The results are:
______________________________________ Gel Capacity Rate of Absorption g/g (seconds) ______________________________________ Example 1 61 25 Example 2 57.6 49 ______________________________________EXAMPLE 3
The method of example 1 was carried out except that the mixture of aluminium isopropoxide and aluminium secondary butoxide was added to the solvent containing the stabiliser prior to polymerisation. The polymerisation conditions were otherwise identical to example 1.
The products of examples 1 and 3 had similar gel capacity and the rate of absorption in Example 3 was also satisfactory. However the swollen particles in Example 3 were individually much drier to the touch, much firmer, and much more easily separated from one another than the particles of Example 1. The particles of Example 2 were, in this respect, much less satisfactory than those of both Examples 1 and 3.EXAMPLE 4
A linear polymer of sodium polyacrylate can be made by conventional bulk gel polymerisation to form a rigid gel. This can be comminuted in air, dispersed into the same oil-stabiliser mix as in Example 1 and milled in a Silverson mixer. Aluminium isopropoxide can be dissolved in the oil and the dispersion then azeotroped and centrifuged as in Example 1.
1. A process for making polymer particles that are water soluble or swellable and that are cross linked preferentially at their surfaces, the process comprising suspending aqueous droplets of water soluble ethylenically unsaturated monomer or monomer blend and dissolved water soluble cross linking agent in a water immiscible organic solvent containing dissolved solvent-soluble, polyvalent metal, cross linking agent that is soluble in the organic solvent but insoluble in water in an amount sufficient to give at least 40% water, based on the weight of water plus polymer, polymerizing the monomer or monomer blend by reverse phase suspension polymerization to form gel polymer particles the surfaces of which have been reacted with the dissolved solvent-soluble cross linking agent, and then completing the cross linking reaction and drying the particles by azeotropic distillation.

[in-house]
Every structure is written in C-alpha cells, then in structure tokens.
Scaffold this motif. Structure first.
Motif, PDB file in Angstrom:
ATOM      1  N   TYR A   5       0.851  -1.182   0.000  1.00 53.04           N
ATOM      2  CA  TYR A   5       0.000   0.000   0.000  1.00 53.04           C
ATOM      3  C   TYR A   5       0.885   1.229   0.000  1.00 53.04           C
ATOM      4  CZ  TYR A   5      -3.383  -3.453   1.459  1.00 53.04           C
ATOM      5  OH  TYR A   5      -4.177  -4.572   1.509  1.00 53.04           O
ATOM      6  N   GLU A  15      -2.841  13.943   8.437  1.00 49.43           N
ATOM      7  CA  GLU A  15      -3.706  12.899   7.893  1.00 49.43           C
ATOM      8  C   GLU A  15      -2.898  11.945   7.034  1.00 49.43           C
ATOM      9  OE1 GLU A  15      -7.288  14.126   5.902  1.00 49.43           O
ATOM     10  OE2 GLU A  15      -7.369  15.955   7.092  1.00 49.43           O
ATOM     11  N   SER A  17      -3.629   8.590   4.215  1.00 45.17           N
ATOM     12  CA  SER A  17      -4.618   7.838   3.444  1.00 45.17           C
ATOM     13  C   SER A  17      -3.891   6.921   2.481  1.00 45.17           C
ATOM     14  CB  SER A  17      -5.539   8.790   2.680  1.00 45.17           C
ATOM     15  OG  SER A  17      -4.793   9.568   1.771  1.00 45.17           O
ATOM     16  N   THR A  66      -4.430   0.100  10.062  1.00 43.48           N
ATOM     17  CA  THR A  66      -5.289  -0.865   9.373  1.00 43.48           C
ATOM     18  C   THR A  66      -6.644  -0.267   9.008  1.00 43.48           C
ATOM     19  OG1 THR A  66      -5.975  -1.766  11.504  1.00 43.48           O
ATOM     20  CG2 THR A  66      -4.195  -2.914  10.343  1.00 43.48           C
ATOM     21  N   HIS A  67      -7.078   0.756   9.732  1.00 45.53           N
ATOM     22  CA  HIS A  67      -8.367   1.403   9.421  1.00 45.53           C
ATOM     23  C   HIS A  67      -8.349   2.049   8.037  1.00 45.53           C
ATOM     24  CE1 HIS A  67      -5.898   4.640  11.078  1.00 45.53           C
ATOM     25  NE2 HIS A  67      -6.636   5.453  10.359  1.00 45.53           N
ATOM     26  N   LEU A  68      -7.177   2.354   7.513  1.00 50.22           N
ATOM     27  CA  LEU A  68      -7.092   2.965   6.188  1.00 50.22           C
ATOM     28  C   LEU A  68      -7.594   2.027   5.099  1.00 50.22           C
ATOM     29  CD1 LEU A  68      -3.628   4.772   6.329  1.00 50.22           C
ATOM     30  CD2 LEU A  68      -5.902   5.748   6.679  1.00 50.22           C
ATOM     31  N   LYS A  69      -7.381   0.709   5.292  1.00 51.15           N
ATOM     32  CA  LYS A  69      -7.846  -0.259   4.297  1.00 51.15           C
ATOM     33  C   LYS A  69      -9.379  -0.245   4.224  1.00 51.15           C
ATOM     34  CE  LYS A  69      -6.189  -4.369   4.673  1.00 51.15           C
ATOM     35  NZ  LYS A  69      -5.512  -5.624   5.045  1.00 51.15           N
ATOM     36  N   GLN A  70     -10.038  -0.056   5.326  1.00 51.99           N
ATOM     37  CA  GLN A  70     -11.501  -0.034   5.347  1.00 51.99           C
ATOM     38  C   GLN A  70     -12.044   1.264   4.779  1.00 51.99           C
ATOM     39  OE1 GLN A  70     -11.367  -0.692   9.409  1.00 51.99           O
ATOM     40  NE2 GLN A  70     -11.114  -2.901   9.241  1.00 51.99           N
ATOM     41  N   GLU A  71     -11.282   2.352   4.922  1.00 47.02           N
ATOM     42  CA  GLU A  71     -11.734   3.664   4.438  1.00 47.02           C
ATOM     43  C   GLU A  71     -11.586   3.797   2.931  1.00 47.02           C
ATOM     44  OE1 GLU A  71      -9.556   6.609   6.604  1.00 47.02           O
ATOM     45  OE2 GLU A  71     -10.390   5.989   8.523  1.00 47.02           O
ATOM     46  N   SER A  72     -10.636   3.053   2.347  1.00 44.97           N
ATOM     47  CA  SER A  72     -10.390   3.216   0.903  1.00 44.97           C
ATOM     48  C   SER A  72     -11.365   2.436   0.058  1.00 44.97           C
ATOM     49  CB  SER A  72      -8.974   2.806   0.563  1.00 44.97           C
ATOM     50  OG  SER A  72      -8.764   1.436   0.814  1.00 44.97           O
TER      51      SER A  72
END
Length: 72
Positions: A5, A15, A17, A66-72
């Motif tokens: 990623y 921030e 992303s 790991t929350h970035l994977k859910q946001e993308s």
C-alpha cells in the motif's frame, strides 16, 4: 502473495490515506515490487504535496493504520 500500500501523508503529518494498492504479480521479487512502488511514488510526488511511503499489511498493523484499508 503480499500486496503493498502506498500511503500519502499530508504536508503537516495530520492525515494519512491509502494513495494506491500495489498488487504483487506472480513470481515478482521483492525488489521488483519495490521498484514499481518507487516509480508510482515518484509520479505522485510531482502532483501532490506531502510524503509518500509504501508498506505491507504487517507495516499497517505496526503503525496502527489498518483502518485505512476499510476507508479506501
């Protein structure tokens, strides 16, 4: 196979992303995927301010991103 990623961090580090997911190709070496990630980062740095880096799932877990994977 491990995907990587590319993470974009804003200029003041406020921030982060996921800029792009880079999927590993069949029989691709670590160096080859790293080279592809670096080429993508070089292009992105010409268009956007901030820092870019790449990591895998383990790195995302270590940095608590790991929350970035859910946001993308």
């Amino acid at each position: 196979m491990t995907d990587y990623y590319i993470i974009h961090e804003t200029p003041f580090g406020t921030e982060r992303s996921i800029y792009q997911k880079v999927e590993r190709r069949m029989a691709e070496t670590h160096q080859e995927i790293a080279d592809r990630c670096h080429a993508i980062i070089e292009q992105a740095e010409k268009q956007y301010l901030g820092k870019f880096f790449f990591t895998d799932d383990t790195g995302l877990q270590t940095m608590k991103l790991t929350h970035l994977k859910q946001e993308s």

2. A process according to claim 1 in which the suspension includes a polymeric stabilizer, in which the monomer blend is 5 to 100% anionic and 0 to 90% non-ionic and in which the particles are separated from the organic liquid after azeotropic distillation.
3. A process according to claim 1 in which the organic solvent is a water immiscible solvent.
4. A process according to claim 1 in which the polymer comprises a polymer formed from a water soluble ethylenically unsaturated monomer or monomer blend and is anionic.
5. A process according to claim 1 in which the first cross linking agent is soluble in the organic liquid but is insoluble in water.
6. A process according to claim 1 in which the solvent-soluble cross linking agent is an aluminium alkoxide.
7. A process according to claim 1 in which the solvent-soluble cross linking agent comprises aluminium isopropoxide.
8. A process according to claim 1 in which the polymer is a cross linked, insoluble, swellable, polymer formed from one or more monomers comprising acrylic acid or a water soluble salt thereof and water soluble cross linking agent that is soluble in aqueous acrylic acid.
9. A process according to claim 1 in which the water immiscible solvent includes a polymeric stabiliser that includes anionic groups that react with the solvent-soluble cross linking agent during the process.
Filed: Nov 24, 1986
Date of Patent: Jan 17, 1989
Assignee: Allied Colloids Limited
Inventors: Ian M. Johnson (West Yorkshire), Ian M. Moody (West Yorkshire), Peter Flesher (West Yorkshire)
Primary Examiner: Joseph L. Schofer
Assistant Examiner: Peter D. Mulcahy
Law Firm: Ostrolenk, Faber, Gerb & Soffen
Application Number: 6/934,157
International Classification: C08F 216; C08F 800;